Marking the centenary of the ending of the First World War ‘Conflicting Views: Pacifist Artists’ at the Chichester University’s Bishop Otter Gallery explores the stories of artists who were conscientious objectors or pacifists through their art.
The exhibition has been curated by Dr Gill Clarke. Gill Clarke has a rare gift for narrative. A deep understanding of her subject is always distilled in a remarkably coherent and accessible way. These qualities are apparent in this latest show.
As we view the exhibition together Gill explains “The exhibition marks the centenary of the ending of the First World War. It explores the ways artists who were conscientious objectors and pacifists responded to war and conflict.”
Conscription was introduced for the first time in 1916 and again at the outbreak of the Second World War in 1939.
Each painting seeks to illustrate how individual artists experienced and interpreted war, and the ethical, religious and political grounds which informed their views and decisions to refuse to undertake compulsory military service.
Some of the artists included in the show were absolutist Conscientious Objectors and were imprisoned. Others accepted an alternative form of service.
Gill Clarke says “As a Quaker and therefore a pacifist Ernest Procter accepted an alternative form of service with the Quaker Friends Ambulance Unit.” A number of works have been leant to the show by the Religious Society of Friends (Quakers) in Britain. Amongst these is Ernest Proctors beautifully painted watercolour ‘SSA (Section Sanitaire Anglaise) at HQ Loading Up, 1917’. The Friends Ambulance Service would operate under the Red Cross. Here we see the unit loading up their motorised ambulance convoy in the light of the snow covered landscape.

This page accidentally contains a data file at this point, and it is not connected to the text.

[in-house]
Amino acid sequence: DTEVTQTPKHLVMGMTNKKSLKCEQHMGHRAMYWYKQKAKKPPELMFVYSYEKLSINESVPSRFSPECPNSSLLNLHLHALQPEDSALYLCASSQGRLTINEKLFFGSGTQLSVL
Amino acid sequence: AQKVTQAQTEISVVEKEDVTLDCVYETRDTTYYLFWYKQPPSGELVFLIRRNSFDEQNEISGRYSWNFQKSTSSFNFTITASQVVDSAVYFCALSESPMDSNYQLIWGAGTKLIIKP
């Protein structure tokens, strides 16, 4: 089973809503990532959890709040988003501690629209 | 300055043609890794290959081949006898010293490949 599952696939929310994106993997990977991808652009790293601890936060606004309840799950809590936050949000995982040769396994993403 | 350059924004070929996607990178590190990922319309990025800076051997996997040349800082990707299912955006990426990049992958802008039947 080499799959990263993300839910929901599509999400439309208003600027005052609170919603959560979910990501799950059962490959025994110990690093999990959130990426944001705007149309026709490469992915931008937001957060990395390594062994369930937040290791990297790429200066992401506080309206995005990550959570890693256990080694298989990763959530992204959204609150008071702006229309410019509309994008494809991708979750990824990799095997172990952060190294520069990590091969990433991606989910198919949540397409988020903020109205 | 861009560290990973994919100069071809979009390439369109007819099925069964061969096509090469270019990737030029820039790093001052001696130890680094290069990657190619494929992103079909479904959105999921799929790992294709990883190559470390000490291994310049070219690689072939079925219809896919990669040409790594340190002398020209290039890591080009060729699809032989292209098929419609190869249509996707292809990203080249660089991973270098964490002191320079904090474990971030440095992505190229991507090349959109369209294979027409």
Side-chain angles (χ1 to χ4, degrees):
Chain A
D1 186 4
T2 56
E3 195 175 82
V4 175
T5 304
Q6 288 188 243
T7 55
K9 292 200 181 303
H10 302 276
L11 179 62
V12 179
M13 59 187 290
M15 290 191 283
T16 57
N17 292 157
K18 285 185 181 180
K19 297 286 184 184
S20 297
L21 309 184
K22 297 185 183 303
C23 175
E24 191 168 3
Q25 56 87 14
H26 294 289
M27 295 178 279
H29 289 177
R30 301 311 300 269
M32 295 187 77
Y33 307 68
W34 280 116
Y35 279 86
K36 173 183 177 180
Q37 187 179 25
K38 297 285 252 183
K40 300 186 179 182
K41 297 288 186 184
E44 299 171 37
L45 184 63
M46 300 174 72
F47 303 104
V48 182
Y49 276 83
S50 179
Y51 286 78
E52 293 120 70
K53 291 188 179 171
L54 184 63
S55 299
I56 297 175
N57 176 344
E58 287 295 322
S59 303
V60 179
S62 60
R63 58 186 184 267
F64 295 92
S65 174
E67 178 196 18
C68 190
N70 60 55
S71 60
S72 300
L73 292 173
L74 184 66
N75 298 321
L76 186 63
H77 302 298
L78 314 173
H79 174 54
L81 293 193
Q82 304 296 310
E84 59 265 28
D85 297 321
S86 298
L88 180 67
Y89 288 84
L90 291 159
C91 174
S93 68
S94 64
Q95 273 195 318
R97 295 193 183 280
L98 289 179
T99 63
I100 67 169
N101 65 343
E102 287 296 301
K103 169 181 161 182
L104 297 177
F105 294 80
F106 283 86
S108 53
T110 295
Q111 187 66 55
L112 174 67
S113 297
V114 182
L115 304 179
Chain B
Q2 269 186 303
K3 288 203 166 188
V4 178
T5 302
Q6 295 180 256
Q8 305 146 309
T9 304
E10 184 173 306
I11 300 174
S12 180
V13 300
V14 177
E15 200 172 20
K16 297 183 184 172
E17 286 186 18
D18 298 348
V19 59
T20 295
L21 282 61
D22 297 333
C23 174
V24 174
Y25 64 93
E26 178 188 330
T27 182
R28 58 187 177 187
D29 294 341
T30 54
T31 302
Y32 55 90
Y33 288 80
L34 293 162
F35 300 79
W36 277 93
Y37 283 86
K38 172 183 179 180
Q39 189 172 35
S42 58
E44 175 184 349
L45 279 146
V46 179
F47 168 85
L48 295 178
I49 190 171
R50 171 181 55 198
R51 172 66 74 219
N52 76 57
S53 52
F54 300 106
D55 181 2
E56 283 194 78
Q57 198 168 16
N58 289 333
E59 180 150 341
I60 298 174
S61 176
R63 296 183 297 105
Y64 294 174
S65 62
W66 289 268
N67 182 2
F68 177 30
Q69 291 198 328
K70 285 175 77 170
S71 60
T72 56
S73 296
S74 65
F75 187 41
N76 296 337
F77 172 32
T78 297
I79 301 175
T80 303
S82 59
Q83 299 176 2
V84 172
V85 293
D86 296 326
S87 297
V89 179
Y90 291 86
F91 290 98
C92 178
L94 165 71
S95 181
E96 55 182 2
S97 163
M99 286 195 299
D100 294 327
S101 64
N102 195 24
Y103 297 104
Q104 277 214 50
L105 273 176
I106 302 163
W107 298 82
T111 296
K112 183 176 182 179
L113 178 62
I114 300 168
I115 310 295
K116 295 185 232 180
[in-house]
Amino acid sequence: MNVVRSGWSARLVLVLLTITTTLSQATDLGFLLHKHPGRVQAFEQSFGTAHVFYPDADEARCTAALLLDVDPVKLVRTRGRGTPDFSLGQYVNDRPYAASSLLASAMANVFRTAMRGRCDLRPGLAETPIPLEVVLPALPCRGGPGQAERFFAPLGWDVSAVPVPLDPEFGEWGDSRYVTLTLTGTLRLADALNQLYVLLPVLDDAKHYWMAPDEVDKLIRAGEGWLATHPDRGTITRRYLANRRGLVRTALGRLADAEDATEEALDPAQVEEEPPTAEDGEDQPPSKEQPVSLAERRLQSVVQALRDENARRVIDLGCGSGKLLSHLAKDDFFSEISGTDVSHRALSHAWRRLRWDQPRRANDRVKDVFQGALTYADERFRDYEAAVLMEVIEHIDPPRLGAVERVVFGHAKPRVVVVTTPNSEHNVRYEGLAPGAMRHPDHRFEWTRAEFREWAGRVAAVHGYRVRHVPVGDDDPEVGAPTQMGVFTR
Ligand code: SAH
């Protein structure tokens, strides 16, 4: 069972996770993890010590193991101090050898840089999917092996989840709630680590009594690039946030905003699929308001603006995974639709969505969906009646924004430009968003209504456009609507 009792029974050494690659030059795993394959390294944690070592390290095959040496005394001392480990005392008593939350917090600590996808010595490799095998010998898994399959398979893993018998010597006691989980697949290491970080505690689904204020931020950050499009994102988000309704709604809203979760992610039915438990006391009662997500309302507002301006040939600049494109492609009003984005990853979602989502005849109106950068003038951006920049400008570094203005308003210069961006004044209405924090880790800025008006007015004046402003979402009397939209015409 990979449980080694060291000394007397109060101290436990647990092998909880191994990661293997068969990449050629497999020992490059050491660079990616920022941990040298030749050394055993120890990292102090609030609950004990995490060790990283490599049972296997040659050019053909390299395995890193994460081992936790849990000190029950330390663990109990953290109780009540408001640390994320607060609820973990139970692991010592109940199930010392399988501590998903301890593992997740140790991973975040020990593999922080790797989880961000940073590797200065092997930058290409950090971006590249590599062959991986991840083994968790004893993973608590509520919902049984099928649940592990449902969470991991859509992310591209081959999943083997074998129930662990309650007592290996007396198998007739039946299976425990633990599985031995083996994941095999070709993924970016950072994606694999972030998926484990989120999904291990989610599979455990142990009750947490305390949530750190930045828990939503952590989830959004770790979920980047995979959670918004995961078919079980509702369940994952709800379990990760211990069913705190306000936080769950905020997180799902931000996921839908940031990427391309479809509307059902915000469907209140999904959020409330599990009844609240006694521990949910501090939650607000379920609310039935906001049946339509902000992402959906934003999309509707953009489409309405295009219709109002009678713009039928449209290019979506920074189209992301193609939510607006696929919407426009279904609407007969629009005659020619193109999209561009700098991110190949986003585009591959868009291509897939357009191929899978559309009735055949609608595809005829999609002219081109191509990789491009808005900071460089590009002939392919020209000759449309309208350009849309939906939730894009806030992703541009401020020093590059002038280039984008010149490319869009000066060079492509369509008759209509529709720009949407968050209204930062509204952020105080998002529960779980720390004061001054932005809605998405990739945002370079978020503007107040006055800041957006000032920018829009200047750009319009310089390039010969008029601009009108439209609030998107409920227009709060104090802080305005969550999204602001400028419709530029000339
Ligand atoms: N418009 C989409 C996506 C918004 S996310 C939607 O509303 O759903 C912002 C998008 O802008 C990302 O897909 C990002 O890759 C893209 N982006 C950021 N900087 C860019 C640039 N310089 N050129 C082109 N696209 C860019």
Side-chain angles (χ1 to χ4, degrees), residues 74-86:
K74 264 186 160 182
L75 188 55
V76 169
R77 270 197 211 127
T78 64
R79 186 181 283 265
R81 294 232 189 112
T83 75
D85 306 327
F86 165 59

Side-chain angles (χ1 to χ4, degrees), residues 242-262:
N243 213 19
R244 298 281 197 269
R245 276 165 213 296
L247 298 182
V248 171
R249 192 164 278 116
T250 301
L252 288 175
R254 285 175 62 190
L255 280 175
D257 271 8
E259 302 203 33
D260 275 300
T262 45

Amongst the most powerful images in the exhibition are a series of works by the Scottish-Irish artist William Crozier. His imagination was haunted by the images of the Holocaust which he saw as a teenager on the Pathé newsreels as the concentration camps were liberated by Allied forces during the Second World War.
The enormity of this horror informed Crozier’s pacifist stance when in 1953 he declined to serve in Korea through National Service.
Gill says “Drawing on photographs from World War I, Bergen-Belsen and Auschwitz ‘Bourlon Wood’ portrays the blood-stained, ravaged landscape in Northern France. In the darkness at the foot of ridge lies a skeletal soldier wearing a tin hat. It is so much more than a comment on the horrors of war, it captures the metaphysical idea of death – the skull beneath the skin…”
The work in this timely and challenging exhibition demonstrated the role of artists as moral witnesses providing a series of intimate and highly personal accounts of their experience of war.
‘Conflicting Views: Pacifist Artists’ runs at Chichester University until 7th October 2018 and entry is free.
For more information about the exhibition, associated events and opening times go to www.chi.ac.uk/about-us/art-venues/otter-gallery/current-exhibitions.
By Rupert Toovey, a senior director of Toovey’s, the leading fine art auction house in West Sussex, based on the A24 at Washington. Originally published in the West Sussex Gazette.